In a cornucopia of posts following the American Society of Legal History conference, the Legal History Blog posted the following:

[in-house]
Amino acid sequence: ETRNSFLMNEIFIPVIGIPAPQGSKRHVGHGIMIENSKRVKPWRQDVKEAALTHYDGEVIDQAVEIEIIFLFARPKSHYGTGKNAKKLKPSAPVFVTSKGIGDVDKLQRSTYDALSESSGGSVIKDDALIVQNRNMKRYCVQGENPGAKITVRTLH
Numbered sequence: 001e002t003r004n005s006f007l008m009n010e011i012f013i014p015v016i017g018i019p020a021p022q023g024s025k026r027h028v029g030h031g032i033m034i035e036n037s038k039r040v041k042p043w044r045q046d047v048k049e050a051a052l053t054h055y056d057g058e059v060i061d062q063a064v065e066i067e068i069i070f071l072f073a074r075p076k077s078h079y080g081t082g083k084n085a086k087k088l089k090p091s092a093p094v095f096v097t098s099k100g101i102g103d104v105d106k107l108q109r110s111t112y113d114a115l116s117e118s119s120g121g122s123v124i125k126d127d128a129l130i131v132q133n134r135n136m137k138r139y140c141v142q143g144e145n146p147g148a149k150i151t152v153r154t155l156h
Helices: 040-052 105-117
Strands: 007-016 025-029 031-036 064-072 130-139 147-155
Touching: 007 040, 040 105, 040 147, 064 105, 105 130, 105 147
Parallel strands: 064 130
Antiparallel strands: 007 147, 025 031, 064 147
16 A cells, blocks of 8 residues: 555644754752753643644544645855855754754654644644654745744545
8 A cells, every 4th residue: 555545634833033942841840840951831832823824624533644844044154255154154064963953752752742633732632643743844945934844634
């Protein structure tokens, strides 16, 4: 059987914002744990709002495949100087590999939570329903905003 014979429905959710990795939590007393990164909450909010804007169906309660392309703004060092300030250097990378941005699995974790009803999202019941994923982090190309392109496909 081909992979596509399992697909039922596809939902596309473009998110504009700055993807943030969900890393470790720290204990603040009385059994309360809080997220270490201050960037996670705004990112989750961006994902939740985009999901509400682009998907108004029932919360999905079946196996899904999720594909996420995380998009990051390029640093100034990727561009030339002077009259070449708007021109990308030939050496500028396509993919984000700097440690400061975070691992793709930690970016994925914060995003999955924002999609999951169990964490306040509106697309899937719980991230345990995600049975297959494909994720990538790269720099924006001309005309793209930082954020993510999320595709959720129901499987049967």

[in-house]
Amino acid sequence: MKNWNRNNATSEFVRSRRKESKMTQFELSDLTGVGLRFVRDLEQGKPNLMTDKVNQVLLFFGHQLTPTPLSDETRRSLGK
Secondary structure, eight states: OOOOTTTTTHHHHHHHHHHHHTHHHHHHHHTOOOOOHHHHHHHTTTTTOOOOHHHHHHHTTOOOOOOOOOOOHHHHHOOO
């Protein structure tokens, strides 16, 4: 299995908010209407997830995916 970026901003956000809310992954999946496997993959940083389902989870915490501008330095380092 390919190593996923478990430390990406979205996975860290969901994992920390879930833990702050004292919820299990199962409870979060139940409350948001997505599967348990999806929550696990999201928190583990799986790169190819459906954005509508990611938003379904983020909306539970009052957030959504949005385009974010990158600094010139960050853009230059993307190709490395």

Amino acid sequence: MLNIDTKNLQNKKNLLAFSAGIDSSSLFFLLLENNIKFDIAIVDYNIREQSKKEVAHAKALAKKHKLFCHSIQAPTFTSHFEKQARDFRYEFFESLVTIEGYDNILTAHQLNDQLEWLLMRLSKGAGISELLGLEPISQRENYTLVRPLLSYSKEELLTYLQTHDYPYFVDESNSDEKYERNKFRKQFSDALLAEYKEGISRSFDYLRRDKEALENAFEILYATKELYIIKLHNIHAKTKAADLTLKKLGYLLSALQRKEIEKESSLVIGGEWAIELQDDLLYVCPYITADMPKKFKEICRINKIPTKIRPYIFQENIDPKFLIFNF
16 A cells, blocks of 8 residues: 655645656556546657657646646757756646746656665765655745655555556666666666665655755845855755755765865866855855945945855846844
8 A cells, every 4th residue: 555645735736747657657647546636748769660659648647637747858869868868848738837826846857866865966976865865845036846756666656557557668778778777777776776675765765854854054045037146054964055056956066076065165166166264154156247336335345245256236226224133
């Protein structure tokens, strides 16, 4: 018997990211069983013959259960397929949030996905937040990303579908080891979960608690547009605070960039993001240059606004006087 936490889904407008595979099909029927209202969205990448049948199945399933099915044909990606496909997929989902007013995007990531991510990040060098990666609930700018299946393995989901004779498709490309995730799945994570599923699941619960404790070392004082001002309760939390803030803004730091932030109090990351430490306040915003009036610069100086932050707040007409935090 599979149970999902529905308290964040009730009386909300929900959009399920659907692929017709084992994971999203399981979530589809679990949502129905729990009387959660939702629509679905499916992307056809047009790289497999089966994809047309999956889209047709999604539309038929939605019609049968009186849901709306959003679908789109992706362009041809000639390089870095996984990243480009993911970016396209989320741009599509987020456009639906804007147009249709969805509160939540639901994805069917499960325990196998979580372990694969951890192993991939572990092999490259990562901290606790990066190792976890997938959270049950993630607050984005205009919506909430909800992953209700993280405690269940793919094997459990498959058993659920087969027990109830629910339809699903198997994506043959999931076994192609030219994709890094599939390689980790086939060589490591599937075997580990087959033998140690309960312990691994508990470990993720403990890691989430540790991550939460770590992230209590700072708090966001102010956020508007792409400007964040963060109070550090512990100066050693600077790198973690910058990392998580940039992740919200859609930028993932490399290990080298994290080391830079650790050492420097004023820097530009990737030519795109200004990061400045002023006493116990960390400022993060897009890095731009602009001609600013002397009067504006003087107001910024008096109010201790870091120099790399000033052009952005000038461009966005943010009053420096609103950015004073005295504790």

This Article looks at a historical problem—the first use of case law by English royal justices in the thirteenth century—and makes it a starting point for thinking about the ways legal reasoning works in the modern common law. In the first Part of the Article, I show that, at its origin, the English justices’ use of decided cases as a source of law was inspired by the work civil and canon law scholars were doing with written authorities in the medieval universities. In an attempt to make the case that English law was on par with civil law and canon law, the justices and clerks of the royal courts began to treat cases as if they were the opinions of great jurists, to apply the same types of dialectical reasoning that were used in civil law discourse to those cases, and to work them into systems of authority. They used cases, as the modern common law does; but they used cases to create systems of the kind we usually associate with civil law. In the second Part of the Article, I turn to the modern common law and, using the methods of medieval case law as a mirror, show that the differences between civil law and common law reasoning are more perceived than real. American lawyers tend to view common law as flexible and creative, whereas they view civil law as ossified and hierarchical. This largely stems from the fact that common lawyers focus on the judicial opinion as the place where legal reasoning takes place. By integrating other texts, like the student outline and the restatement—which seek to create a harmonious system out of judicial opinions—into the picture of common law reasoning, I show that common law reasoning shares quite a bit in common with civil law reasoning.